Why I’m Marching: 1 Day To Go

Three more people tell us their reasons for marching on Saturday September 24th

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Why I’m marching: For real care and real respect without judgement

by Linnea Dunne

I remember vividly the feeling the first time I found out I was pregnant: the magic of it all, trying to comprehend that what was there inside me was the beginnings of a new life, the beginnings of what could become our firstborn, half me and half him. One loss and two unfathomably amazing children later, I sit here trying to imagine the feeling of finding out now: the panic of it all, knowing full well what that teeny, tiny thing inside would be the beginnings of and how life-changing it would be.

We hear the anti-choice campaign talk about the right to life. I’m marching on Saturday because I don’t think ‘life’ is that simple.

I remember vividly the moment everything changed – a sonographer’s silence as she turned the screen away from us. I had experienced grief before and immediately recognised it: a black curtain that closes in front of your eyes, forever shutting out the world as you once knew it. He kicked furiously inside me. “It’s good that it’s happening to us,” I kept telling myself. “We’re strong – we can get through this.”

Along with the sadness I feel when I think about our firstborn, there is a deep, deep sense of gratitude. The care we received was so utterly dignified, the consultant so objectively professional yet supportive, the midwives so warm and caring that we spent weeks talking about them afterwards. It was the definition of ‘care’. I hate the memory of those Whittington corridors, the feeling of walking down the hill from Highgate in leafy north London. But the NHS will always have a special place in my heart, because at a time of numbing grief, we were treated with nothing but respect.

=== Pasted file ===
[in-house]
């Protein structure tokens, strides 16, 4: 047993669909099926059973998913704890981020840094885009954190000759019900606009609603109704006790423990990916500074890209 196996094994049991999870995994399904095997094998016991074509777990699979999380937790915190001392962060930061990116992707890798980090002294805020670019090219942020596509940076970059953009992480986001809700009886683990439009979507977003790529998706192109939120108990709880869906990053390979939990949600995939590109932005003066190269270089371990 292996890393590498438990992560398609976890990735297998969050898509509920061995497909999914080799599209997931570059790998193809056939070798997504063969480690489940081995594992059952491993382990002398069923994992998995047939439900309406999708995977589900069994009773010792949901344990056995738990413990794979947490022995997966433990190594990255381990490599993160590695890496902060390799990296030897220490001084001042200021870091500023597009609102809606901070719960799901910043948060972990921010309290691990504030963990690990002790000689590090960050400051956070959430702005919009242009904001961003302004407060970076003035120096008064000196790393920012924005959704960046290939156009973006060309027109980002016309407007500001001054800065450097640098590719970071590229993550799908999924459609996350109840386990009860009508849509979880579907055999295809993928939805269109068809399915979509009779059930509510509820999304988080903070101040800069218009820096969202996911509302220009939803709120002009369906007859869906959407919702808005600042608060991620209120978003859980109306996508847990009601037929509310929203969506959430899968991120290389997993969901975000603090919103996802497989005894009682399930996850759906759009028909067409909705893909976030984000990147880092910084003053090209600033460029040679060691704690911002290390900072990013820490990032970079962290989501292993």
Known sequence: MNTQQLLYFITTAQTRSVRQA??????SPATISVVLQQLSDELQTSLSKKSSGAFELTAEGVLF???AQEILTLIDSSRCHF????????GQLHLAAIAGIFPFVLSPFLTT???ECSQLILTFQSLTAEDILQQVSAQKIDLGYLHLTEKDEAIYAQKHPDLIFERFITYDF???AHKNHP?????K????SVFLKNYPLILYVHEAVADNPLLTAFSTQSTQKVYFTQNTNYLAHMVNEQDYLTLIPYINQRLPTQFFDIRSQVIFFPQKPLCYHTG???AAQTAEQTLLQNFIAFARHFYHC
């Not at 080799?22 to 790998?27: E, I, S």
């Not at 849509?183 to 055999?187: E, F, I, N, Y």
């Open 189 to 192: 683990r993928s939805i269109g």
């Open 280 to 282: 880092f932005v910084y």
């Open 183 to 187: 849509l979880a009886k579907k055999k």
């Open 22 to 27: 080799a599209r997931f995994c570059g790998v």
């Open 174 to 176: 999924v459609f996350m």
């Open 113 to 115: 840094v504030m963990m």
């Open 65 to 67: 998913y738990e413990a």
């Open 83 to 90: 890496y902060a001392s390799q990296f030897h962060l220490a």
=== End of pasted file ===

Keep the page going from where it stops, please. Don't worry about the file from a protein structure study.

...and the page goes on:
Life isn’t black and white. It comes in full colour, full of bright highs and all different shades of tough, indiscernible grey. There’s no such thing as sheer existence – we feel it, we try to make sense of it, we make decisions and move on. And therein lies the power of it all: we can’t choose what will happen to us, but we can choose how to deal with it – provided our jurisdiction trusts us to.

We hear the anti-choice campaign talk about the right to life, about the need to voice the interests of the voiceless. I’m marching on Saturday because I’m not convinced they can.

We trust pregnant people to mind themselves throughout the sometimes tumultuous experience of a pregnancy, to prepare for the arrival of a new human being who will need their complete attention every moment of every day for years to come, to deal with all the difficult decisions and choices they’ll face as they rise to the challenge of being a parent. How can we decide for their unborn children that sheer existence, the idea of life as absolute, is the best thing for them – no matter how their mother feels, no matter the challenges she’s facing or her feelings of doubt?

We hear the anti-choice campaign talk about the right to life. I’m marching on Saturday because most of the time, it sounds more like they’re talking about the right to birth – the right to arrive into this world no matter the cost, no matter the implications for their siblings, no matter how suicidal their mother is or if she’s been absolutely certain her entire life that motherhood is not for her; indeed no matter the experience of the pregnant person facing months of answering well-intended questions about due dates and plans, knowing that the baby is slowly but surely dying and there will be no such thing as a life at the end of it.

We hear the anti-choice campaign talk about the right to life, and I’m growing really, really tired of it. I’m marching on Saturday because all too often, people tell me they’re pro-life but that what we went through was different – and that’s got nothing to do with life, nor does it have anything to do with choice. That’s telling me that my choice was allowed because I grieved, and that next time, maybe, if they can’t put themselves in my shoes, they’ll deem me a criminal. It’s draining life of all its rich, challenging colour, leaving a watered-down version seeping with shame and fear.